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I should point out that I'm relatively new to Castle, so don't really know what i'm doing with it yet. The gist is, that I'm trying to make a custom lifecycle of an object with Castle Windsor. I'm not entirely sure how this should be done, however, the closest approximation I can find to how it should work I have detailed below.

I want a singleton, but I can't release this type and assign a new instance to.


public interface IMyObject { string text; }

public class MyObject() : IMyObject    {
    public string text;

var container = new WindsorContainer();

MyObject item = SomeMethodGetInstance(); //Defines scope for instance 1
item = container.Resolve<IMyObject>(item);

>>instance 1

item = container.Resolve<IMyObject>();  //gets instance 1
>>instance 1

item = SomeMethodGetInstance()  //New scope defined, now using instance 2

I want to be able to release the instance, but Windsors definition of a Singleton is too rigid for my needs.

container.Release(item);    //I need to release the current instance, this doesn't work.


container.Kernal.ReleaseComponent(item);  //Don't work either.

So, when I set a new item as the current it doesn't revert to instance 1.

item = container.Resolve<IMyObject>(item);  //sets the currect instance of MyObject

>>instance 2

I need to store a variable that has a custom scope, neither Singleton or Transient are going to cut the mustard for me. I need to be able define the scope, when the stored variable goes in and out of scope.

More to the point, if I have another class B, which is dependent on A, then if I get A from outside the container, how do I set A in the container? This is fine in a singleton scenario, but I can't set it for a transient Scenario, however, with Singleton, once it's set, I can't release it, which is necessary.

How do I do this please?

I want to do this in code rather than in xml, as i'm registering the classes dynamically.

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You can create custom lifestyle, based on you requirements. See example here: stackoverflow.com/a/1366597/1275399 –  Dmitriy Startsev Mar 22 '12 at 16:07

3 Answers 3

You can register your component as a single as follow

public void Register(string name, Type service, Type impl)
   WindsorContainer container = new WindsorContainer();
   IKernel kernel = container.Kernel;
   kernel.AddComponent(name, service, impl, LifestyleType.Singleton);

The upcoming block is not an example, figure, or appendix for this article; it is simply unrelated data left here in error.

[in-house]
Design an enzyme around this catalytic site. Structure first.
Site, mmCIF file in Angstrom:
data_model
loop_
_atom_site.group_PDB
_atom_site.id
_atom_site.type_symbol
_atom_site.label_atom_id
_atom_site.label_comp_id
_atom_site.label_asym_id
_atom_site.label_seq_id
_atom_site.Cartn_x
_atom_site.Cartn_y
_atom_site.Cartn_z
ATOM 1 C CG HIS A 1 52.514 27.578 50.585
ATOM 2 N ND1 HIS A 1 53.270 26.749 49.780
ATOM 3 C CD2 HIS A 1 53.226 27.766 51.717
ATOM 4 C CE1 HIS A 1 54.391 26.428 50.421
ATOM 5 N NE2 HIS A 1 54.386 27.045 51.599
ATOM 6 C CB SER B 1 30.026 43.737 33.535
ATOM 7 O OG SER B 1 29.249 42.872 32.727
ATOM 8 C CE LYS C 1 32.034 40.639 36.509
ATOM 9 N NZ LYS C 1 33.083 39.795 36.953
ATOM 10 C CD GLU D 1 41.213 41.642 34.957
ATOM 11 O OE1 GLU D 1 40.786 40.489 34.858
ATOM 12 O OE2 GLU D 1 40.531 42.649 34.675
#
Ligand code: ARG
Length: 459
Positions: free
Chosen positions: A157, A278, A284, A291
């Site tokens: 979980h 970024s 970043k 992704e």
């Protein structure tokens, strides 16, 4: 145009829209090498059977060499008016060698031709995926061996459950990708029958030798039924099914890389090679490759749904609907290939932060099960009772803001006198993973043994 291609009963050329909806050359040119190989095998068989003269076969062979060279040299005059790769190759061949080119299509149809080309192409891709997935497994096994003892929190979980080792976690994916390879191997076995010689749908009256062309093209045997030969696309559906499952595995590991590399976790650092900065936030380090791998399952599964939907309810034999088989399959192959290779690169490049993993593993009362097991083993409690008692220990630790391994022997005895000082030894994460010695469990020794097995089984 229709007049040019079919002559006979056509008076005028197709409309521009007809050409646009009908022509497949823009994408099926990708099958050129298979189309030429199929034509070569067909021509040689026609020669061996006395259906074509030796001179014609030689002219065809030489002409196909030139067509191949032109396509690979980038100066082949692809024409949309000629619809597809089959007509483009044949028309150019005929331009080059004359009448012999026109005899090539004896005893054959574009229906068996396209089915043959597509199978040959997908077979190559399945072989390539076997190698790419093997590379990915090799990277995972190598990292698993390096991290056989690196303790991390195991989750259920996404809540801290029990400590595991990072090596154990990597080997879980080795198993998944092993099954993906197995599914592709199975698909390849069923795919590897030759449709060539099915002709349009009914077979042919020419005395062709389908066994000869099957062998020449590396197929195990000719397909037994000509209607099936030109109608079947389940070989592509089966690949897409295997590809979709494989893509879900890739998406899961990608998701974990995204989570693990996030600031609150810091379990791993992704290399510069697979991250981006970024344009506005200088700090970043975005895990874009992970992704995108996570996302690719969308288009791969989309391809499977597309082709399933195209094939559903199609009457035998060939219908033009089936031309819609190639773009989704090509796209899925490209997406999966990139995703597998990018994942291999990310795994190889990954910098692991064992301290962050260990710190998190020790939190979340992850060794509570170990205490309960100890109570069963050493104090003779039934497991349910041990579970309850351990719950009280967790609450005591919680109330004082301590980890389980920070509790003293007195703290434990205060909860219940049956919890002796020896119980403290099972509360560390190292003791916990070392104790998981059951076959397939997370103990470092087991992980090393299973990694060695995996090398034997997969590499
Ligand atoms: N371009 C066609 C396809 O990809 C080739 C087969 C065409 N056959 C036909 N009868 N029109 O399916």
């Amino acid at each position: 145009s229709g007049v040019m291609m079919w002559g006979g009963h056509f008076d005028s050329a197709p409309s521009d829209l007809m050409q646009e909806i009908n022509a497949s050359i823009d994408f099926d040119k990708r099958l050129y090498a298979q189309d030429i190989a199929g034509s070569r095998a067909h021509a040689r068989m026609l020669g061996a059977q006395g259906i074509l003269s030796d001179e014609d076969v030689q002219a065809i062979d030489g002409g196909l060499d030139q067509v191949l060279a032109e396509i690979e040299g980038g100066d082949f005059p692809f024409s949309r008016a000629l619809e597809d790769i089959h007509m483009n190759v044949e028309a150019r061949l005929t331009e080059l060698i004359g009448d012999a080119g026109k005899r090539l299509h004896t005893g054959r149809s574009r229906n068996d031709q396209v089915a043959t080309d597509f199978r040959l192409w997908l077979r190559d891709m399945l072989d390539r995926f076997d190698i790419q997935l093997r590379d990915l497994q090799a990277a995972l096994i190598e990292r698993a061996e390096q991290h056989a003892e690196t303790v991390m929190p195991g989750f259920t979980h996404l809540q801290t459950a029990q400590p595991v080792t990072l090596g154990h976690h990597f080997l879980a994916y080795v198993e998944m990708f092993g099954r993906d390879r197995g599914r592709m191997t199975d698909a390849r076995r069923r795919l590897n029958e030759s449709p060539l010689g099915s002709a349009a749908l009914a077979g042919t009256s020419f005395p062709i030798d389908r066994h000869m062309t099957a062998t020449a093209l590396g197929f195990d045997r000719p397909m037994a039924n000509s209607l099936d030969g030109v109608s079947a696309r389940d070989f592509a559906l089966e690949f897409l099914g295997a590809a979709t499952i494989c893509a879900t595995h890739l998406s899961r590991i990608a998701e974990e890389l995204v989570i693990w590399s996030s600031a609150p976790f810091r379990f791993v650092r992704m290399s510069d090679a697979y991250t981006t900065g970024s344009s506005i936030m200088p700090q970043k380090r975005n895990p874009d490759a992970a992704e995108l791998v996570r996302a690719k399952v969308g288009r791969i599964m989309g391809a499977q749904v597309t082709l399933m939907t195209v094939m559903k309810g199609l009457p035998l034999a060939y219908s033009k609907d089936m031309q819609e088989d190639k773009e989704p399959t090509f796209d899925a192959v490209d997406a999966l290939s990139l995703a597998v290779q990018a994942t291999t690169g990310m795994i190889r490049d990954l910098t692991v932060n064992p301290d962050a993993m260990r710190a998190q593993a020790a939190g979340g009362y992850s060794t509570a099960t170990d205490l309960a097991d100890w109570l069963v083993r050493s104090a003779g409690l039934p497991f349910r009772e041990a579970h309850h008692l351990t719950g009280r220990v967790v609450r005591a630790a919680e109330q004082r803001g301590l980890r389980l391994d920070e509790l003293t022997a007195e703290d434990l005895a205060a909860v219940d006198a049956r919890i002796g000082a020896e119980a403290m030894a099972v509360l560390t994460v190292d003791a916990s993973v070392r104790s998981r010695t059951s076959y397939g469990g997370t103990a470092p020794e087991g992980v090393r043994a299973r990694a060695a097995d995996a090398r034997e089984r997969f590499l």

You can release the component as follows

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A singleton can't be released. I tried the Register implentation you suggested, however it doesn't work, Windsor doesn't like the name. –  Craig Mar 22 '12 at 12:53

I want a singleton

The default lifestyle for Castle Windsor is singleton.

but I can't release this type and assign a new instance to.

But that's not a singleton then.

How do I do this please?

You didn't specify exactly what it is that you want to do. Do you want a new instance every time that you call Resolve? That's LifeStyle.Transient.

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It's not a singleton and it's not a transient, it's a shade of grey. I am using objects retrieved from a database. It is clear to me, that my implementation is somewhat bad, however, it's what I need. The closest approximation is a perWebRequest, however I'm not using http. –  Craig Mar 22 '12 at 14:21
You didn't specify what it is that you need. You need to describe it precisely. You're clearly not speaking in clear terms because you say you want a singleton, but you don't. Your code indicates it should be something like transient but you say not. –  Jason Mar 22 '12 at 14:58
I have a database call, this gets an object, which technically is transient, however I can't inject this into other classes because it's marked as transient, a new instance gets created each time, which defeats the database call in the first place. I can't mark the object as a singleton, as I can't then do multiple fetches of the item, as I can't release it. –  Craig Mar 22 '12 at 15:12
Why are you mixing dependency injection with objects that are hydrated from a database call? That right there is a big part of your confusion. –  Jason Mar 22 '12 at 15:14
Because the class has a dependency on the database entity. Forgive me, is this not what is meant by dependency injection? –  Craig Mar 22 '12 at 15:18

Have you considered using a custom factory to produce your instance? It could invoke the DI framework to produce a new instance any time it needs one, but you could define your own logic to determine when it needs to release an old instance.

This approach answers your second question, too. Class B should not take an A as a dependency, but rather an AFactory. Because B may be longer-lived than A, it needs to ask the factory for the "current" instance of A each time it goes to use it.

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This might be the way forward. –  Craig Mar 22 '12 at 15:39
No, it's not! You don't need a DI container to get data out of a database and then pass it along to a consumer of that data. You're just needlessly complicating things and buying yourself nothing. I suspect StriplingWarrior's answer was made before he knew the context under which you are intending to use it. –  Jason Mar 22 '12 at 17:10
It's all a lot of frustration for me, is all I know. –  Craig Mar 22 '12 at 17:18
@Craig: Jason's right. It sounds like rather than injecting this object with a specific lifetime, what you really want is a cached repository. Ultimately, it would probably work in a very similar fashion to the Factory that I recommended, but since you're producing a piece of data rather than a service, "Repository" is a more appropriate name than "Factory." Rather than "releasing" an instance, you'll be purging the cached data. –  StriplingWarrior Mar 22 '12 at 17:21

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